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LETTER: 'Say no to Skyline,' resident urges council

Susan Watson says the tower would overwhelm the history, character and landscape of Guelph
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Rendering of a proposed 25-storey building for 70 Fountain St. Supplied photo

GuelphToday received the following letter from Susan Watson regarding the proposed Skyline Development in Guelph.


A proposal to build the tallest building ever constructed in Guelph – yes, taller than the Basilica of Church of Our Lady – will land at Guelph City Council on Monday, Feb. 10.

If you care about local democracy and the character of our City, this is a time to address Council and to phone and email your Ward Councillors.

Skyline Developments is pitching to add 23-storeys to their current building for a total of 25 floors. The catch is that the current height permissions for that site are three to six storeys. Skyline’s play for 25 storeys conveys a complete contempt for our democratic planning process and for the heritage integrity of our downtown.

Under Places to Grow Provincial legislation, downtown Guelph was designated as an “Urban Growth Centre.” The Council of the day set to work to craft a new Official Plan to anticipate and manage the required growth – the Downtown Secondary Plan.  Professional planning staff, citizens, members of Council and developer consultants and stakeholders worked together over many months to come up with a made-for-Guelph plan. This plan would ensure we would meet a minimum target of 8,500 residents in the downtown by 2031. A key feature of the Downtown Secondary Plan was the preservation of the heritage character of the downtown core. 

High-rise development was slated for the perimeter of the downtown on the lowest topographical sites.  No building would be allowed to be higher than Church of Our Lady. The addition of new green space needed for more residents was anticipated, with a plan to expropriate and revert the plaza on the south-west corner of Wellington and Gordon to a riverside park. In fact, the Downtown Secondary Plan was considered so creative and visionary that in 2013, it captured one of most prestigious planning awards in the Province - the Ontario Professional Planners Institute Excellence in Planning Award.

In the press release from the City Todd Salter, general manager of Planning Services for the City, said the following: “Receiving the Excellence in Planning Award is a great honour for the City. It is gratifying to see the work of our City staff and all of the community members who contributed to the development of the plan being recognized on a provincial level by our peers and colleagues.”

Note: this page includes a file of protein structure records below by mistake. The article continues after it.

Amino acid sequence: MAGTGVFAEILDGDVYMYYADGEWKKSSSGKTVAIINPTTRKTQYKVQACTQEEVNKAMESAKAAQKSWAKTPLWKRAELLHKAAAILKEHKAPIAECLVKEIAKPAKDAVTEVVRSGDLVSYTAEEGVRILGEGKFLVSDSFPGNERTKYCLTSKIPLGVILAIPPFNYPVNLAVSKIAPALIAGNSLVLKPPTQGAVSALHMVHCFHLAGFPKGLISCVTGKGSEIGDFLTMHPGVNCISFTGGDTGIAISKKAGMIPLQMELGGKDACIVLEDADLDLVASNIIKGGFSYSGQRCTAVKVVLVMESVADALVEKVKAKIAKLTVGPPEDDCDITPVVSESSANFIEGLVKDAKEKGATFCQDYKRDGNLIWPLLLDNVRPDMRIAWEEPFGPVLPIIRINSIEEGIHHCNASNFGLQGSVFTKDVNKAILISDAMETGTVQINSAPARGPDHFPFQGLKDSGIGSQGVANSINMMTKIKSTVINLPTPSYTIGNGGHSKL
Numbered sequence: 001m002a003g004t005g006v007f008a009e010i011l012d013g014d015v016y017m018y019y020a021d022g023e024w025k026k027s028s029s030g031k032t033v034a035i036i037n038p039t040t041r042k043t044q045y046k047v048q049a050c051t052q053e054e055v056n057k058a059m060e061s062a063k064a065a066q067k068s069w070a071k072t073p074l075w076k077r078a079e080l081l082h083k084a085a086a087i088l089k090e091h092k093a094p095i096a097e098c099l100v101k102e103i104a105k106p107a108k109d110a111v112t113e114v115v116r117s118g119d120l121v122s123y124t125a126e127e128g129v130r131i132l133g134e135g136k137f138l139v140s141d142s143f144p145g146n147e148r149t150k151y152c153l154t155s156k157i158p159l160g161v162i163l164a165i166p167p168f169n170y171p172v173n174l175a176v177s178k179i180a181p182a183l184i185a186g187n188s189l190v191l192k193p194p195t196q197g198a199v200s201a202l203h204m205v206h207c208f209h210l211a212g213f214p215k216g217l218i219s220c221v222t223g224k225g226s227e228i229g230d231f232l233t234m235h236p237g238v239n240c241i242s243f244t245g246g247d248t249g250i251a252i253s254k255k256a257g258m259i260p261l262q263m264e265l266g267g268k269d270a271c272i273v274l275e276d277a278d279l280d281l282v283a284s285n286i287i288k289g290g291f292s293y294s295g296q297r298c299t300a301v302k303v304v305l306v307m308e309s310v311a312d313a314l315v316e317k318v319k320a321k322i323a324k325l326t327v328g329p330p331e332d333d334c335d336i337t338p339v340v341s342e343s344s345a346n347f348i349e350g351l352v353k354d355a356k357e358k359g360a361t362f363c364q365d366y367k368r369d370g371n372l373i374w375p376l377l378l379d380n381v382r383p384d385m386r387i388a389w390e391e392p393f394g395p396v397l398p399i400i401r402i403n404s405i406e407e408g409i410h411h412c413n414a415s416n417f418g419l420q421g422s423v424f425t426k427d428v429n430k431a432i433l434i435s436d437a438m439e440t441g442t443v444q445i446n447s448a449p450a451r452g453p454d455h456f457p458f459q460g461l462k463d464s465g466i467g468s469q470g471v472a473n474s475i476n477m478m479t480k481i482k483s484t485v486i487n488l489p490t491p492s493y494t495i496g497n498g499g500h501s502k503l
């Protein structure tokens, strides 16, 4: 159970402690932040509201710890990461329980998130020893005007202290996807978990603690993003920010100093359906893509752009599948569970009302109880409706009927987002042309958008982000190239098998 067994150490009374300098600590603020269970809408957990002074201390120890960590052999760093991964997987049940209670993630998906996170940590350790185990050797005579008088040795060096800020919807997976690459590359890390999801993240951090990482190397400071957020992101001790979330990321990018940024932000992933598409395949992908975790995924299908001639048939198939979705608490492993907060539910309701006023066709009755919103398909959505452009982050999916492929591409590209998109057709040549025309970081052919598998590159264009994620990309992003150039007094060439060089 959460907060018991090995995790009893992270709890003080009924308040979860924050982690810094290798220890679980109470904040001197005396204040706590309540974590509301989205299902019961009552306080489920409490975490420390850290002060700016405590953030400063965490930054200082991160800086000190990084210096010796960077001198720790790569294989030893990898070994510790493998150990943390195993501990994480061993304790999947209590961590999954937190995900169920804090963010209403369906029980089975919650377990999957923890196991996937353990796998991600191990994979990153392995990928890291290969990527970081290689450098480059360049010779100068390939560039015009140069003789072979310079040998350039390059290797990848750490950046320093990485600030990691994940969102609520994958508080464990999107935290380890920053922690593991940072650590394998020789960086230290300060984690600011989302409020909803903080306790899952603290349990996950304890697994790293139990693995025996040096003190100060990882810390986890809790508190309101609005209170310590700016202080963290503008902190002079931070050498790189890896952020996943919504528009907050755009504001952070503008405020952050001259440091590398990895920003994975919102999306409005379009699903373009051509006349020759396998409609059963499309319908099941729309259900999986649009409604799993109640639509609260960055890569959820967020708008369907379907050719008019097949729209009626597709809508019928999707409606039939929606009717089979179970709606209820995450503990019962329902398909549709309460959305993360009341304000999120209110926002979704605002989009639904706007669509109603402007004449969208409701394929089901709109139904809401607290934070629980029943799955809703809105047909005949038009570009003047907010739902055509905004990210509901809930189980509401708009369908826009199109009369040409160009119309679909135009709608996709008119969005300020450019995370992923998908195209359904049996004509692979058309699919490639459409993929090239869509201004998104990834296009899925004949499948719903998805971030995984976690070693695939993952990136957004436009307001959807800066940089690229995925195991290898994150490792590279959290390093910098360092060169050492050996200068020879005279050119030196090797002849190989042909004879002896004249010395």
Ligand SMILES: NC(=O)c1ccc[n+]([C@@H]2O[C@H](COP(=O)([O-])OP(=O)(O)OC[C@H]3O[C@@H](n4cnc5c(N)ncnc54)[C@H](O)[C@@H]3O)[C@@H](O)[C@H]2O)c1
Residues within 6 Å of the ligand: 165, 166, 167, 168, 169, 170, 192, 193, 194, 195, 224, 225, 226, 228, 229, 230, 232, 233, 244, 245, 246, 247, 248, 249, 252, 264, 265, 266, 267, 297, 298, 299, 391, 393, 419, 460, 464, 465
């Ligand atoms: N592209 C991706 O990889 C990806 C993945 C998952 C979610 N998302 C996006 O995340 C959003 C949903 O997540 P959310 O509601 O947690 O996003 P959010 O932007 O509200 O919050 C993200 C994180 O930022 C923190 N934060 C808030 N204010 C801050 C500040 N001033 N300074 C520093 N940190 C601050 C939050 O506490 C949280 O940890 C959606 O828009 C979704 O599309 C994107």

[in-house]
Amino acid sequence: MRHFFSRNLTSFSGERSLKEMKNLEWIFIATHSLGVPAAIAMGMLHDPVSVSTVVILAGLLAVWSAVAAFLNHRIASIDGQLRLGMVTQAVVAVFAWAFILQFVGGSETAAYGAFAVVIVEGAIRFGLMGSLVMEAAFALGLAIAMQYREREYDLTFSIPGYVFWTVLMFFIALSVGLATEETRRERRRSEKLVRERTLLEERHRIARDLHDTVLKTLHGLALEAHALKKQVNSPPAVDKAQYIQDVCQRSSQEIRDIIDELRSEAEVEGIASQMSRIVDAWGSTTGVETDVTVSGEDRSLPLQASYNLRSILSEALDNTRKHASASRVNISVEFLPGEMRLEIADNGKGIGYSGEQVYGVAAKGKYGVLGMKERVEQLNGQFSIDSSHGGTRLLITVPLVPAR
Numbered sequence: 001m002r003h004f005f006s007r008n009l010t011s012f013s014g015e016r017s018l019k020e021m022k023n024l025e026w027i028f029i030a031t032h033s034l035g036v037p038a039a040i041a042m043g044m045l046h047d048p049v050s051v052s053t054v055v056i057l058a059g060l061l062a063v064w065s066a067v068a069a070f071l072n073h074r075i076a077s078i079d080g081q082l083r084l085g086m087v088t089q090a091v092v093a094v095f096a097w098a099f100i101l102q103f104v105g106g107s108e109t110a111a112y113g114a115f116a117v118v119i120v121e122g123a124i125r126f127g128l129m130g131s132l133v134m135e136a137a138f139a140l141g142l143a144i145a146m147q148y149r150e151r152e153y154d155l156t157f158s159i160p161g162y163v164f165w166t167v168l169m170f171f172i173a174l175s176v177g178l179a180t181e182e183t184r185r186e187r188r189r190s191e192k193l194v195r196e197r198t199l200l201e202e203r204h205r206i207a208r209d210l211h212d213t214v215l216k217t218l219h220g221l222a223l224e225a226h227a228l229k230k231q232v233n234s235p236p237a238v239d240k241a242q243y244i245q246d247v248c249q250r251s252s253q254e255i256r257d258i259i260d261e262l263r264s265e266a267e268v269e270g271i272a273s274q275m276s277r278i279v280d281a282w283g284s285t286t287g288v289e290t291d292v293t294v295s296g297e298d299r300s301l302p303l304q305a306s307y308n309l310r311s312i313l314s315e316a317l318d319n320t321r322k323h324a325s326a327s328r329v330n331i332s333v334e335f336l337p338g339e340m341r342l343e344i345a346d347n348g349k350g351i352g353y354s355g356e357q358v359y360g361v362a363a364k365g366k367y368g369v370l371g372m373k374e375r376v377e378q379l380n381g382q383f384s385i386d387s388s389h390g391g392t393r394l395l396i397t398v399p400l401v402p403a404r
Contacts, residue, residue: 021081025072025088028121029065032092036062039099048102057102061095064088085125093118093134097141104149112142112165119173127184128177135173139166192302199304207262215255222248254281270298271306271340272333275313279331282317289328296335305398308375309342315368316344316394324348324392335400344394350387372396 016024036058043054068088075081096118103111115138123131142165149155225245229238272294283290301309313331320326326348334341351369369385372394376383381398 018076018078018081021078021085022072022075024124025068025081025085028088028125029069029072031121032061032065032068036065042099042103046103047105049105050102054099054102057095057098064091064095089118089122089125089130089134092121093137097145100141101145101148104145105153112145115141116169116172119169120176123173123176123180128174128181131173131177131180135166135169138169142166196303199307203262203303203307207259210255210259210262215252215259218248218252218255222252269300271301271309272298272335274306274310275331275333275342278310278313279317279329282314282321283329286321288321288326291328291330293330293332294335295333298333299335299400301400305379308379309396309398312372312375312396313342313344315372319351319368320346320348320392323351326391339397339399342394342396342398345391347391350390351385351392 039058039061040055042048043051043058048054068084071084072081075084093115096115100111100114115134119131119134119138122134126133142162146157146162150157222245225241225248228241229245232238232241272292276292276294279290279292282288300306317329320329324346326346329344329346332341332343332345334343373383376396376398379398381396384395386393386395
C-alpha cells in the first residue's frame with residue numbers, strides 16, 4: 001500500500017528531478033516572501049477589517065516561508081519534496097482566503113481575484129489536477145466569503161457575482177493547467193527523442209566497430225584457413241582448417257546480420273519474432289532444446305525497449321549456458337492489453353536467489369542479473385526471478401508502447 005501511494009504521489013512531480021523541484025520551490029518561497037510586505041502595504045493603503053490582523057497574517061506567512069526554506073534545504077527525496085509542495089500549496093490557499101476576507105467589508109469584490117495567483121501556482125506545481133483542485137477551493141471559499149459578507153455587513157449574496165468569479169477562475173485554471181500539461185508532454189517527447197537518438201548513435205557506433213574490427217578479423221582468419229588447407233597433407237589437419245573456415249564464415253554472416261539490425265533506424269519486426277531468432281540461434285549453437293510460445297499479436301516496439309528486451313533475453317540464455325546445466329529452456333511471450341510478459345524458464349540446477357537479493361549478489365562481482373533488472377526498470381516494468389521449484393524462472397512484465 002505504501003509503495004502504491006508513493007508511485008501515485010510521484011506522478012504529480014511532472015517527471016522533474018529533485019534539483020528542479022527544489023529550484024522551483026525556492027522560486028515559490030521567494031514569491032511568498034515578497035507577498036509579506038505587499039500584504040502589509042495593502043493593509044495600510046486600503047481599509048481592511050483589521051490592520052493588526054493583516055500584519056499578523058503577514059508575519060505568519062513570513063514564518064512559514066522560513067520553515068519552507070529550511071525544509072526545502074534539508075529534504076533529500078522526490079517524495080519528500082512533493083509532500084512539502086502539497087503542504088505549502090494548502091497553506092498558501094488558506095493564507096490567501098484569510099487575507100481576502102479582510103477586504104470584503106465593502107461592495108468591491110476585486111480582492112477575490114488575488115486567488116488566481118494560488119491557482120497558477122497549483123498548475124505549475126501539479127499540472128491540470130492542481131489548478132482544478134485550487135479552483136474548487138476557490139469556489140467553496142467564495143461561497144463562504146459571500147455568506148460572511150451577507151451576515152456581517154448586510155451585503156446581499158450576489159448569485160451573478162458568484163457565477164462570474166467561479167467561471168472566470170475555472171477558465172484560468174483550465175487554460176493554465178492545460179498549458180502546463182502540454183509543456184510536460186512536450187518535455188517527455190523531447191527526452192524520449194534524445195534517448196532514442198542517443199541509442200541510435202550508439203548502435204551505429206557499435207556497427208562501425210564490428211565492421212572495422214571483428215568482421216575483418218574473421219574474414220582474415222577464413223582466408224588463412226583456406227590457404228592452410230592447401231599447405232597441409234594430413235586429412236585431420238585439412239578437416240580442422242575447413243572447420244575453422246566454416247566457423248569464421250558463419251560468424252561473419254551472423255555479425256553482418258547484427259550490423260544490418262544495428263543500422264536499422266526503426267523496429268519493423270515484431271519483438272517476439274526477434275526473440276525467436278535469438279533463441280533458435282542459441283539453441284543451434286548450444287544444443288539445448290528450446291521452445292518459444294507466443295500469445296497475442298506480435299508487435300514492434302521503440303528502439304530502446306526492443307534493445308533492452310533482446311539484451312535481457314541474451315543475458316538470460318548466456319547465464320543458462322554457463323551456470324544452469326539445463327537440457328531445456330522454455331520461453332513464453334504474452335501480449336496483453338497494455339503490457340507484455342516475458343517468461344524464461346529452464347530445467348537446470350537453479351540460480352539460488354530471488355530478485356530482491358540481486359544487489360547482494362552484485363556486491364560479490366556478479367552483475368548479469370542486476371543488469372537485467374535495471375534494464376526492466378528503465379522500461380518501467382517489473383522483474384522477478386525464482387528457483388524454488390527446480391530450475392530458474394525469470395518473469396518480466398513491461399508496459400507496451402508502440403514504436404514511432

Over the past several years, the Downtown Secondary Plan has been rolling out as planned.  We have the two Tricar towers and the Metalworks complex along the river.  A 14-storey condominium has been approved at 71 Wyndham St. south. 

Not only are we on-target to reach 8,500 residents, there is no question we are going to shoot past that number.  Nearly every development to date has negotiated a couple of extra storeys from Guelph City Council in exchange for delivering additional benefits to the community. 

The catch now?  The Ford government delivered a gift to Ontario developers by eliminating this mechanism known as “density bonusing”.Guelph has embraced and planned for intensification of both our downtown and strategic nodes and corridors throughout the City. 

It is the job of local Councils and professional planning staff to set the quantity, location and timing of growth. An increased number of residents brings an increased need for services and infrastructure such as parks, roads, libraries and recreation centres. 

We need managed growth, not a developer free-for-all.It’s not clear what game Skyline is playing.  Are they asking for something completely outrageous hoping to hoodwink us into a “compromise” of 12 storeys which would effectively double the allowed height maximums on the current site?

If Council approves this development at 12 storeys, or at 25, it will essentially put our Downtown Secondary Plan in the shredder. This tower would overwhelm the armoury and drill hall and loom above the train station and old City Hall. 

It would irrevocably change the landscape and character of our city core. Even more concerning, the planning precedent set by this development would essentially declare open season on developer-driven, profit-based development rather than democratically-guided managed growth. 

And why should citizens even bother participating in crafting Official Plans if they are going to be successfully thrown under the bus by developers?  Why should everyday people volunteer hours of their time for the Clair-Maltby Secondary Plan if at the end of the day, Council itself isn’t willing to respect the work of the community?

We have a great plan. We should stick to it. 

Council needs to say, “No,” to Skyline.

Anyone can speak to Council on Feb. 10. 

Pre-registration is requested but not required for Statutory Public Meetings under the Planning Act. And you get ten minutes to speak – not the five minutes allotted at regular meetings of Council. 

Contact the Mayor and your Ward Councillors and express your views:  Local democracy and the built character of our City matter.  It’s time to speak up.

- Susan Watson